“Much of the challenge of caregiving is emotional, not functional. It is also possible that the overwhelming functional burden makes caregivers emotionally more vulnerable and less resilient.” – Catalyzing Technology to Support Family Caregiving
You will experience a range of emotions over the course of your loved one’s Parkinson’s journey. Shock and denial at diagnosis, or validation that your suspicions were confirmed; fear of the loss of control; frustration as symptoms worsen; satisfaction from caring for a loved one; concern about finances; shame because you wish it were all over; exasperation, relief, anger, sadness, joy. As the disease progresses and your role as caregiver evolves, you will have to come to terms with the disease again and again.
Caregiving is a demanding job. There is always something else that could be done, so feelings of guilt at not doing it all are normal. Ask yourself if doing more is really necessary or possible. Accept your limits.
As Parkinson’s progresses, it is hard to let go of the hope that your loved one might return to his or her former self or that things will go back to “normal.” Even when you have the diagnosis, know the statistics and witness the effects of the disease yourself, you might still feel like your relative could be the one who beats the odds.
In addition, family dynamics add complexity, and past feelings can affect how you respond to situations now. The historical relationship between care partners has a huge impact on how care is given and decisions are made. Real-life examples illustrate this point:
- Case 1: Sam and Barbara were both in their mid-80s when Sam was diagnosed with Parkinson’s disease. He did not have a tremor, but his stiffness and slowness made it hard for him to get around or to help Barbara in caring for their home. About three years after being diagnosed, Sam fell and broke his hip. Rehabilitation did not bring him back to his pre-fall level of independence. After much discussion, Sam and Barbara decided that she could no longer care for him at home and he remained as a resident in the rehabilitation/skilled care facility. Barbara felt sad that Sam was no longer at home with her, but when talking to her support group members told them she realized it would have been dangerous to both of them to bring him back to the house. Sam passed away about thirteen months later, and Barbara continued to be satisfied with the decision they had made although she missed him terribly after their many long years together.
- Case 2: A man in his mid-sixties was diagnosed with A progressive, neurodegenerative disease that shares symptoms of both Alzheimer’s disease and Parkinson’s. Unlike Parkinson’s disease dementia, cognitive symptoms are present before or within one year of noticing movement symptoms. The central features of DLB include progressive cognitive decline, changes in alertness and attention, visual hallucinations and parkinsonian motor symptoms such as slowness of movement, difficulty walking or rigidity.. He was a former county politician with connections everywhere. With his DLB, he was a subject of pity, while his wife was often criticized for her seemingly “cold” response to him and willingness to place him outside the home as soon as he met skilled care requirements. In a counseling session, she revealed that he beat her frequently during their marriage. When she tried to report him, his police connections looked the other way or told her it was her fault for provoking him. When it came time to provide the type of intense care he would have required, she knew she couldn’t do it. She had insight into the effect of the past relationship.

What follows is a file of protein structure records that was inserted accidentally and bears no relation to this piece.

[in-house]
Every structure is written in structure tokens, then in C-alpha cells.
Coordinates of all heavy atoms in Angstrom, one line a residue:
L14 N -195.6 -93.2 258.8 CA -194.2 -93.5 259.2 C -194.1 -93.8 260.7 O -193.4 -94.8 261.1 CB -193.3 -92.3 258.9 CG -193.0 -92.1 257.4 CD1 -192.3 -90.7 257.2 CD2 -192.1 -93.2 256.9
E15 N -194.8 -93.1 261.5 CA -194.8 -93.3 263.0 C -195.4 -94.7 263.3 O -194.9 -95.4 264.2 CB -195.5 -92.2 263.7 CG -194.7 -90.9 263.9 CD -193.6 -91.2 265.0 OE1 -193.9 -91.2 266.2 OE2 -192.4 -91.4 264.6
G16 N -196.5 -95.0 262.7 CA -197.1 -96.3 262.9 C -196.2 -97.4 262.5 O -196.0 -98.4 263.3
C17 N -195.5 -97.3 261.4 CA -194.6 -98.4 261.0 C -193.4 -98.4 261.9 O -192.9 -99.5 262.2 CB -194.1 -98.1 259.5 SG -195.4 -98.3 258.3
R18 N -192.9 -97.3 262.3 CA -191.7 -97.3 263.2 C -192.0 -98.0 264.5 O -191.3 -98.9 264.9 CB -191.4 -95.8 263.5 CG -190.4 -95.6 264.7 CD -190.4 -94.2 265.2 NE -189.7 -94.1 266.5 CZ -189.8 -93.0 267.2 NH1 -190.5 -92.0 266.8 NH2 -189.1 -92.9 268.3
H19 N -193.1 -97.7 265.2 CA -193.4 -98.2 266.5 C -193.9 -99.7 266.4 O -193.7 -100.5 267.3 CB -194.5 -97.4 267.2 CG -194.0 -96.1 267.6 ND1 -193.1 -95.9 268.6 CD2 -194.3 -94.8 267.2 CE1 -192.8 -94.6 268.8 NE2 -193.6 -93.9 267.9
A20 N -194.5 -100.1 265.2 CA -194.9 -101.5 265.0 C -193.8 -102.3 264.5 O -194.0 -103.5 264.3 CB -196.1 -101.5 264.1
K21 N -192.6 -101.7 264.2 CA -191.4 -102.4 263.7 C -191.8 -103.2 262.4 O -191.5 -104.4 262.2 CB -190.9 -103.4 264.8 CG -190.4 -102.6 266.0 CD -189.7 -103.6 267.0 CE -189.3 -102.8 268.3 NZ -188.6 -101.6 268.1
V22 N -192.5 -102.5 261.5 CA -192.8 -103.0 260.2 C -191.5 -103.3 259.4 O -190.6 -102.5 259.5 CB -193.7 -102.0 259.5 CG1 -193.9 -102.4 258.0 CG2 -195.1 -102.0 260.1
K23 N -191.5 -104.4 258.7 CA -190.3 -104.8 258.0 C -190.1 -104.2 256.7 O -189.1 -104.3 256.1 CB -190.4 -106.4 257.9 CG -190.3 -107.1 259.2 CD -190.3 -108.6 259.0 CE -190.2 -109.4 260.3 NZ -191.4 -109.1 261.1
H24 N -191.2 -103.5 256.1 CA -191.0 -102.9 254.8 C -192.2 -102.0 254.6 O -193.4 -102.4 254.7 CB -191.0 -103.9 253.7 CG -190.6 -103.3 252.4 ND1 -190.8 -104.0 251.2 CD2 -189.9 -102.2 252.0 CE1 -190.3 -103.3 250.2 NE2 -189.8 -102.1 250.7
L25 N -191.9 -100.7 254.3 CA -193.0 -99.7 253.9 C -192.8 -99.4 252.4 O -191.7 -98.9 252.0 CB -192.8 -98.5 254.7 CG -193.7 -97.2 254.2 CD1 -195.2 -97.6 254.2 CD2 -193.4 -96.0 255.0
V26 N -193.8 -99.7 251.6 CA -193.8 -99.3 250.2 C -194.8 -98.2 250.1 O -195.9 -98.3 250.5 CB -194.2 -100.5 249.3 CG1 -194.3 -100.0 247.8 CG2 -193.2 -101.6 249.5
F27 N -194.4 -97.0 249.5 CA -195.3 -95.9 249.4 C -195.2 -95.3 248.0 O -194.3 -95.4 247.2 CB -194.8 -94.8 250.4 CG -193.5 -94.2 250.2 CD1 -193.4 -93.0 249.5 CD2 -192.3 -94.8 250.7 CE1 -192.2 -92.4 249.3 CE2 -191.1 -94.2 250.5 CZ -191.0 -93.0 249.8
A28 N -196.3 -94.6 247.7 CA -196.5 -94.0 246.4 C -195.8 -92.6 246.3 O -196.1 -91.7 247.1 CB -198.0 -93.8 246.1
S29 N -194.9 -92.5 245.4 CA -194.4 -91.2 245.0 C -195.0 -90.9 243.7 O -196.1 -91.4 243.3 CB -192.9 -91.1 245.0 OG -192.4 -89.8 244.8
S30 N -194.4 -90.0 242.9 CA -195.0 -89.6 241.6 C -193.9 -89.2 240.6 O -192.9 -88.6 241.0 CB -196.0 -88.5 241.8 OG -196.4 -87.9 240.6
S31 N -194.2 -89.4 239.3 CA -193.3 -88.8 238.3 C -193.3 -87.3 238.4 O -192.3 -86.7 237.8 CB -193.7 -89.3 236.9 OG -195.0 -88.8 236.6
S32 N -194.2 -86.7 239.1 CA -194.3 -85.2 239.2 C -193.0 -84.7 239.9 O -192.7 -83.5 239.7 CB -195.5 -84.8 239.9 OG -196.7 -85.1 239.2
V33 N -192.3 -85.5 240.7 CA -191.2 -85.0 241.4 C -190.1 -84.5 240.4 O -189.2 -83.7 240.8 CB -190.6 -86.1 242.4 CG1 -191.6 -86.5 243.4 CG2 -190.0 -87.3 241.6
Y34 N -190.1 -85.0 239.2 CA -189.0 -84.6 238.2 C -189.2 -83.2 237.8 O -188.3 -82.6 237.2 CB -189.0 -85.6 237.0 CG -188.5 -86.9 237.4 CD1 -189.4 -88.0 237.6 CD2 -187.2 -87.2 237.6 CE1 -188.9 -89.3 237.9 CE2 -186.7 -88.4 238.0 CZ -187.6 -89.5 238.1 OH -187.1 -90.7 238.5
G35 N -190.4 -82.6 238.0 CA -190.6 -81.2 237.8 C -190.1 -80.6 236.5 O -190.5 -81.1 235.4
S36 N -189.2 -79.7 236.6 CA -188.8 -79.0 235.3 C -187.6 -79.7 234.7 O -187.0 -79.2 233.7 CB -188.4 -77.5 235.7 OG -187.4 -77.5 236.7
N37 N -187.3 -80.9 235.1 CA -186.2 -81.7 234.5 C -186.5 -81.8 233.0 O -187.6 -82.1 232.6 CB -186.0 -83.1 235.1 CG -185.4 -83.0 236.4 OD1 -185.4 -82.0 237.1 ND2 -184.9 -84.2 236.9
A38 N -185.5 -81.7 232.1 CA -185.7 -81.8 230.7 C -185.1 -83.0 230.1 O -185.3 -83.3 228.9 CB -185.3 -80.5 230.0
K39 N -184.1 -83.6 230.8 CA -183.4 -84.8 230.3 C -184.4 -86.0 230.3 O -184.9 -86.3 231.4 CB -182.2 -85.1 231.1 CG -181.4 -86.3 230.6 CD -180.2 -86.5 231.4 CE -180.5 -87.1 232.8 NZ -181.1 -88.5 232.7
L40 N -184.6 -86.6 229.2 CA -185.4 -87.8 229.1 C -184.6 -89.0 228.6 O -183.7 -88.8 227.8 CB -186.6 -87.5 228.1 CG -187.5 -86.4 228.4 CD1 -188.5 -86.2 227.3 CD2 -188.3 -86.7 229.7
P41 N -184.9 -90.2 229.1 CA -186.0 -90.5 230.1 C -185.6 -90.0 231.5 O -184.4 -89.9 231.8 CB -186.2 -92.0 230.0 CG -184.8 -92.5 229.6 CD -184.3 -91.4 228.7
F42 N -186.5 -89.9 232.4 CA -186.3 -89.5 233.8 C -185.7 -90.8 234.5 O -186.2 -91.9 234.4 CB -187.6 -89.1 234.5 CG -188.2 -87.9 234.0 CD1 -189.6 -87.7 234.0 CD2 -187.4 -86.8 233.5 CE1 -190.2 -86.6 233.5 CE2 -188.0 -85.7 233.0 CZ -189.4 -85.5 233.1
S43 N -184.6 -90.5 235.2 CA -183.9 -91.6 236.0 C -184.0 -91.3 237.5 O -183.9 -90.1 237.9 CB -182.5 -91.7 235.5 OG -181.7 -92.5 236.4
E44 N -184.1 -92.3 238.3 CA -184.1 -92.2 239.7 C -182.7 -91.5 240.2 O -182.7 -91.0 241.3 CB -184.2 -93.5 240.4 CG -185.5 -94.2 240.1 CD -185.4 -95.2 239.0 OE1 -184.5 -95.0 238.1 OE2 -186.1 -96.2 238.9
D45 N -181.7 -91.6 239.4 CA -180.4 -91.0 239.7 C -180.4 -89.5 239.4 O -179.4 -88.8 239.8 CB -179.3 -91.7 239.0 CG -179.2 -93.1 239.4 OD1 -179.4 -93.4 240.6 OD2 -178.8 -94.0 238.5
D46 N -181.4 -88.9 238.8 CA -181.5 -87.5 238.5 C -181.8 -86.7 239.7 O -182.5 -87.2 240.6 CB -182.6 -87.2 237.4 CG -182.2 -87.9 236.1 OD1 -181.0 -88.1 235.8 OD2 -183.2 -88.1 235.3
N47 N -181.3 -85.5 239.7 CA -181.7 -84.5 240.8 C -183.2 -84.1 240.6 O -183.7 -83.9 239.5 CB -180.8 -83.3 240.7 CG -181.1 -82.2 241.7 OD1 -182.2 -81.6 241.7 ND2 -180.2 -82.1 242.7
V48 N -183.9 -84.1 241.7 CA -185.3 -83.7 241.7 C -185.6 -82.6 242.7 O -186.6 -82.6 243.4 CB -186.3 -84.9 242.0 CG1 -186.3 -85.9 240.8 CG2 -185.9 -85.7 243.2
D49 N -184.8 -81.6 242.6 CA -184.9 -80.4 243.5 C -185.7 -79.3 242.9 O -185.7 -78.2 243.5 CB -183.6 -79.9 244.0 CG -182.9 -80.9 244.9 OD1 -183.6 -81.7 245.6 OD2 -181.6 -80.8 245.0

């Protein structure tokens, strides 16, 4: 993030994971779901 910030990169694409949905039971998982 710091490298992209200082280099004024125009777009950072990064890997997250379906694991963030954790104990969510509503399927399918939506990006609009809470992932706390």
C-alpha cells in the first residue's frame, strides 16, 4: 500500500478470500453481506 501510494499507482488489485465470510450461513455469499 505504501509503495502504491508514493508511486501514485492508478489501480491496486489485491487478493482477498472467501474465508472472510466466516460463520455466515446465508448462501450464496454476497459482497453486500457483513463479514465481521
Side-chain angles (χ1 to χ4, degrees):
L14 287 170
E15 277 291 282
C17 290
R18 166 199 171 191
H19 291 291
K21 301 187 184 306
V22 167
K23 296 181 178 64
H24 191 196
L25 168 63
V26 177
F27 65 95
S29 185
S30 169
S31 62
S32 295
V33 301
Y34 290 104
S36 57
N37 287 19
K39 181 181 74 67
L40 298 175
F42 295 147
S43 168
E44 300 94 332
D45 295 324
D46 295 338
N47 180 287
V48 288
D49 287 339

- Case 3: An adult son in his 50s lives with his mother, who is in her 80s and has advanced PD and Parkinson’s A term used to describe a group of brain disorders that cause a broad complex of symptoms such as disorientation, confusion, memory loss, impaired judgment and alterations in mood and personality.. She is bed-bound, often drawn up into a fetal position. He does all the care for her, even the most intimate things. He refuses to accept hospice and continues to search for something that will “make her better.” He admits he is not ready to let her go or even to accept comfort care. When she dies he will have no life, since he has no job, no friends and no interests outside of caring for her. He has no insight into the possibility that he is forcing her to live on in circumstances that may not be the best for her, but meet his needs.
Ultimately, caring for yourself mentally and emotionally requires understanding the changes in the person you’re caring for and adapting to them. The relative or friend you’ve always admired for his strength might be showing weakness; on the other hand, his perseverance and optimism in the face of debilitating illness might demonstrate strength you never knew he had. Your emotions throughout the journey will be varied, and some might surprise you.
It is important to be honest with yourself about what you feel and to have an outlet for your emotions. Some of these emotions will be appropriate to share with your loved one, but some will not. Make sure you have a person or group you are comfortable sharing your feelings with, so you can freely express everything that is on your mind. If you need help locating a support group, contact the Parkinson’s Foundation Helpline at 1-800-4PD-INFO (473-4636) or email@example.com. Read Balancing Life and Caregiving for more insight into the value of maintaining social connections and other coping strategies.
In 2016, the Parkinson’s Foundation hosted a Caregiver Summit that brought together caregivers from all over the U.S. and the world to share experiences and everyday strategies for caring for the person with Parkinson’s and caring for yourself. If you missed the event, don’t worry! All the general sessions were recorded and are available on our YouTube channel.